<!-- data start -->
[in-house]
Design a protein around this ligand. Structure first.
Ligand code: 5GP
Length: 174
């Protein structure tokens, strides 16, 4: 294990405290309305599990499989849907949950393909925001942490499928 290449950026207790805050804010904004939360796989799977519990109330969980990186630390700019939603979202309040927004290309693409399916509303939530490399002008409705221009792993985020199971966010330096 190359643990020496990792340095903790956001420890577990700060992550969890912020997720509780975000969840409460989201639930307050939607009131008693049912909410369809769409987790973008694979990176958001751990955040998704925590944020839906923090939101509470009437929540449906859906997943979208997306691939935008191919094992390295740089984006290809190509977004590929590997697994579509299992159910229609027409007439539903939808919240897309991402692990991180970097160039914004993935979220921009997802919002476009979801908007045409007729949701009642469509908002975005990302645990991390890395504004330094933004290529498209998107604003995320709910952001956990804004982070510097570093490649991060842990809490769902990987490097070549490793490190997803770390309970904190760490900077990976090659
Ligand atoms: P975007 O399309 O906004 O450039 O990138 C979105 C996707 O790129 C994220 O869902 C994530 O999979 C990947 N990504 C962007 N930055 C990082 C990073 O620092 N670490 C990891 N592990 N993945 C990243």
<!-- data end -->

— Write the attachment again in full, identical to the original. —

[in-house]
Design a protein around this ligand. Structure first.
Ligand code: 5GP
Length: 174
């Protein structure tokens, strides 16, 4: 294990405290309305599990499989849907949950393909925001942490499928 290449950026207790805050804010904004939360796989799977519990109330969980990186630390700019939603979202309040927004290309693409399916509303939530490399002008409705221009792993985020199971966010330096 190359643990020496990792340095903790956001420890577990700060992550969890912020997720509780975000969840409460989201639930307050939607009131008693049912909410369809769409987790973008694979990176958001751990955040998704925590944020839906923090939101509470009437929540449906859906997943979208997306691939935008191919094992390295740089984006290809190509977004590929590997697994579509299992159910229609027409007439539903939808919240897309991402692990991180970097160039914004993935979220921009997802919002476009979801908007045409007729949701009642469509908002975005990302645990991390890395504004330094933004290529498209998107604003995320709910952001956990804004982070510097570093490649991060842990809490769902990987490097070549490793490190997803770390309970904190760490900077990976090659
Ligand atoms: P975007 O399309 O906004 O450039 O990138 C979105 C996707 O790129 C994220 O869902 C994530 O999979 C990947 N990504 C962007 N930055 C990082 C990073 O620092 N670490 C990891 N592990 N993945 C990243």